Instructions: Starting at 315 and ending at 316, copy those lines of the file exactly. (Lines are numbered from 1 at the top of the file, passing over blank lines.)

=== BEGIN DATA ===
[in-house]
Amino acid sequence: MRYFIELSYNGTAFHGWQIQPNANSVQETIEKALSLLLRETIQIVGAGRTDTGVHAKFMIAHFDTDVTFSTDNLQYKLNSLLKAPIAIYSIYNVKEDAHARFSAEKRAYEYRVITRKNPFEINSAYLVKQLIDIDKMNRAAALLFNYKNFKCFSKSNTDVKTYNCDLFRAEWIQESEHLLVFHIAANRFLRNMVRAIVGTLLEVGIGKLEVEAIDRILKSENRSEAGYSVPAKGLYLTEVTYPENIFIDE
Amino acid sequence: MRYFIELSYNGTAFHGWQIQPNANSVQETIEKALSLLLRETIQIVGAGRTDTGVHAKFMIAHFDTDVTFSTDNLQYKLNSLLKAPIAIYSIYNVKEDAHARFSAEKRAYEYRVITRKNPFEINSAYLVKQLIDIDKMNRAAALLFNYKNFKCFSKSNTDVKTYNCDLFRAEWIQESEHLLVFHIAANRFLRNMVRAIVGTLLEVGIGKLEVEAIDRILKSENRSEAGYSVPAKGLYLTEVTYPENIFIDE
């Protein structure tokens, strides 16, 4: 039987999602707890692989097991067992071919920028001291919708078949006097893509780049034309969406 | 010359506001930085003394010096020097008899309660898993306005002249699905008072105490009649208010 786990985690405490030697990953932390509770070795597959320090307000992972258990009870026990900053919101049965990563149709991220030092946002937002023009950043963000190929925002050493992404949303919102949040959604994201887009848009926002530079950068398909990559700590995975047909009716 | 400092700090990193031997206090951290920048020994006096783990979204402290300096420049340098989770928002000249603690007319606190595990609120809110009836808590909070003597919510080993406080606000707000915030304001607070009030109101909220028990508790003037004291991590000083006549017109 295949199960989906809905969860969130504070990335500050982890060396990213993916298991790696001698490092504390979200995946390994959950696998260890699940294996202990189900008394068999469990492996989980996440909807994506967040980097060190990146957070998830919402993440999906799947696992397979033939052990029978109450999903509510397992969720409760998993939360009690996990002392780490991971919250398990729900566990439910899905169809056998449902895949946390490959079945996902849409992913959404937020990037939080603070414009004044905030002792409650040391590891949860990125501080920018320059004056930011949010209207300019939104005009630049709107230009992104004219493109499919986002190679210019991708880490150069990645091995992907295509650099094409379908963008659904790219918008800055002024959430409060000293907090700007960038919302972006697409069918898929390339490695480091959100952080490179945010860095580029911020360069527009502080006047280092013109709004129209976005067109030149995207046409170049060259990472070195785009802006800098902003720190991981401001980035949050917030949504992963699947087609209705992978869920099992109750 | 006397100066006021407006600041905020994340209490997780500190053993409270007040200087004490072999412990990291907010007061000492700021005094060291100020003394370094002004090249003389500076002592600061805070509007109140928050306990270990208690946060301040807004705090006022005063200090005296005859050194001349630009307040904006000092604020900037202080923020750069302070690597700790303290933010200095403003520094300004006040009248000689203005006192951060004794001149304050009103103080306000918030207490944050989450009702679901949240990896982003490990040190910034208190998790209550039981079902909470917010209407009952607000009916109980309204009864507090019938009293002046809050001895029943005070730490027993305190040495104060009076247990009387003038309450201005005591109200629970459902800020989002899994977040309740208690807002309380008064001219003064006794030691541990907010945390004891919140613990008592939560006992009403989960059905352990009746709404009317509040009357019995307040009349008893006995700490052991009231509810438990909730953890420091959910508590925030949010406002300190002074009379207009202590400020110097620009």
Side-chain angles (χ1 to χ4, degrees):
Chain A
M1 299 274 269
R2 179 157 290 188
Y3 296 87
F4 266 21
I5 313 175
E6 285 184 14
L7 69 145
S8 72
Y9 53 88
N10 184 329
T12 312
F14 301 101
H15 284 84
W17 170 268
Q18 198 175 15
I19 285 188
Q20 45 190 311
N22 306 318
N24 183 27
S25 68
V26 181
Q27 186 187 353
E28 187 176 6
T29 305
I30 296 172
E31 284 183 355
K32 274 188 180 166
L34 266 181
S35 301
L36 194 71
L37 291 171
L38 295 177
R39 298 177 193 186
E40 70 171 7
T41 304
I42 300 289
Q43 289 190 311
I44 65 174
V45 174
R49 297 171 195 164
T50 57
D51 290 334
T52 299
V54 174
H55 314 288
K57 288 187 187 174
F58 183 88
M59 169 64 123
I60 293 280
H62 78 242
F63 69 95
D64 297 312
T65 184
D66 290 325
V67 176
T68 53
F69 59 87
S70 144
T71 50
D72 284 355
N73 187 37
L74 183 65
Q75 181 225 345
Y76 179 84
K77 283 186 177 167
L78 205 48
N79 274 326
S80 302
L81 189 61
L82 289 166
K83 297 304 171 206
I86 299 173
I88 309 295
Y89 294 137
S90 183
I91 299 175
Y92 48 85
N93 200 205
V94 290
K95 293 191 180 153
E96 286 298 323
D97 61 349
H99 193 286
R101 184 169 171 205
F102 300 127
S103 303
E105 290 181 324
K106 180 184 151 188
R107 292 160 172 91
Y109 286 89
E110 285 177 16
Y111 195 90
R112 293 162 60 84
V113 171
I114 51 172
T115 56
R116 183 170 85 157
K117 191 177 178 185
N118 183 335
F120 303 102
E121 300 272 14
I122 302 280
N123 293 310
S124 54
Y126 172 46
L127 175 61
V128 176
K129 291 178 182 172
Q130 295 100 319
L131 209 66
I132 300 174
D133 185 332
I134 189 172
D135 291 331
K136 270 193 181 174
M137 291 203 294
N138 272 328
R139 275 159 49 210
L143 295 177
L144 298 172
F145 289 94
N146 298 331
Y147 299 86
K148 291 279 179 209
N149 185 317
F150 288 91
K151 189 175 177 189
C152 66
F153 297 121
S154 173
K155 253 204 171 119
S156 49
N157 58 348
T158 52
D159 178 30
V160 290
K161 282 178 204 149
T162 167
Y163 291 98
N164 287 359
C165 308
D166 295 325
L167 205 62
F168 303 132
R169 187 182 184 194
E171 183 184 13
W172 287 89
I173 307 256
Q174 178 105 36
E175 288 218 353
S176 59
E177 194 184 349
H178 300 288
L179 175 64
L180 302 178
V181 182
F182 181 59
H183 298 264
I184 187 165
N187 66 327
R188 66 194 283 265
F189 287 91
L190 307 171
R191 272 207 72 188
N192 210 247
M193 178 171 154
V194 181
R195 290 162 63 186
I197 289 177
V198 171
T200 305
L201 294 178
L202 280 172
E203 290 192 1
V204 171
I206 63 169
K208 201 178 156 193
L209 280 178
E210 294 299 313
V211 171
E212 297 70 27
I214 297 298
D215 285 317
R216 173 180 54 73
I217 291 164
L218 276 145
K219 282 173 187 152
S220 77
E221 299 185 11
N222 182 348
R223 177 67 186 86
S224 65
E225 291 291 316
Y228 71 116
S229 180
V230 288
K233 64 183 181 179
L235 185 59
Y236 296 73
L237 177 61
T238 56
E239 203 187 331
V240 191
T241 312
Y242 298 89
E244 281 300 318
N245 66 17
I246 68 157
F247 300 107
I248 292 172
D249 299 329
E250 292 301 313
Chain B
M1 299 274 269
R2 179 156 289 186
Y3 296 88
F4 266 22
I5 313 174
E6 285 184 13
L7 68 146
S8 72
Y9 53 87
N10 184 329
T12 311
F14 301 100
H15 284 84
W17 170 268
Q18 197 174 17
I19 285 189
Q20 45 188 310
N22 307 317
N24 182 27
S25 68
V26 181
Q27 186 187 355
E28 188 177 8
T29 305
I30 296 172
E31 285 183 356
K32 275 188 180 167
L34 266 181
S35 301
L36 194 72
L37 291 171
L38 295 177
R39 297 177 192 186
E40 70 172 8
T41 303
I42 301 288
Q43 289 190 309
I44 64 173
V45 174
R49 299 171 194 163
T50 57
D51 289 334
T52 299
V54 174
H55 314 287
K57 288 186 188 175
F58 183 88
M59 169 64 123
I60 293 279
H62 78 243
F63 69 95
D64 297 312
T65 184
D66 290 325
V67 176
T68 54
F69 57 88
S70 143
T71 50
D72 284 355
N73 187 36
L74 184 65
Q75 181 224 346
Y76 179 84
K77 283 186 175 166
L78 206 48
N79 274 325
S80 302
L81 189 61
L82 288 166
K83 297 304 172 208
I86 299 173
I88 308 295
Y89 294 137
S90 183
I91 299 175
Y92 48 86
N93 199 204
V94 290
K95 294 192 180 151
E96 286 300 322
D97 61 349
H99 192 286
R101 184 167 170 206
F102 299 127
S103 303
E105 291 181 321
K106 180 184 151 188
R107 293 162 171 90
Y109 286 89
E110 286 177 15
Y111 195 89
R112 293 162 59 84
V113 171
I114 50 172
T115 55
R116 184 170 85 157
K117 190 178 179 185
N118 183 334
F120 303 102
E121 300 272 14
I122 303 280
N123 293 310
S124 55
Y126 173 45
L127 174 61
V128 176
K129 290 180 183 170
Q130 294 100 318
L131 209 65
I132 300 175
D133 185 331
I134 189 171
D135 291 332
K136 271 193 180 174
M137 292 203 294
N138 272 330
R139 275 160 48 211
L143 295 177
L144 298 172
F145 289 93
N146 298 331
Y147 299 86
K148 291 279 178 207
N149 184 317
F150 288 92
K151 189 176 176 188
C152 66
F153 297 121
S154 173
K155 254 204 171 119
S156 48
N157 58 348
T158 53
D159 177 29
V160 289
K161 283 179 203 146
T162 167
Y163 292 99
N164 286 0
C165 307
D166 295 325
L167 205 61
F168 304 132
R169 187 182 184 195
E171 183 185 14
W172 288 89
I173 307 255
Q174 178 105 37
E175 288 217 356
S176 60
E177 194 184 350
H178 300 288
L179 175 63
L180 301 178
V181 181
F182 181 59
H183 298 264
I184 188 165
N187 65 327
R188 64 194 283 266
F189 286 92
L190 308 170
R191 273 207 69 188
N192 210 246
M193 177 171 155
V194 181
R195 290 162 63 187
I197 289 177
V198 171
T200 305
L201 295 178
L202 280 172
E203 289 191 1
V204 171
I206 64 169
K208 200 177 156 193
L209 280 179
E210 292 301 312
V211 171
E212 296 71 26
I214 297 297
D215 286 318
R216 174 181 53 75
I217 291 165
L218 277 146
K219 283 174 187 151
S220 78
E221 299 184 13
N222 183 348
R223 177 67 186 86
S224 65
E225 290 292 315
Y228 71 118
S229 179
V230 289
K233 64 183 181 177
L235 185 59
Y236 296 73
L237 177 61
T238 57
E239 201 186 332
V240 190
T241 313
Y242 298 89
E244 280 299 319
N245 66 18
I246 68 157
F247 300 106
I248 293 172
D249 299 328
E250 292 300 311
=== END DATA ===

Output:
T115 55
R116 184 170 85 157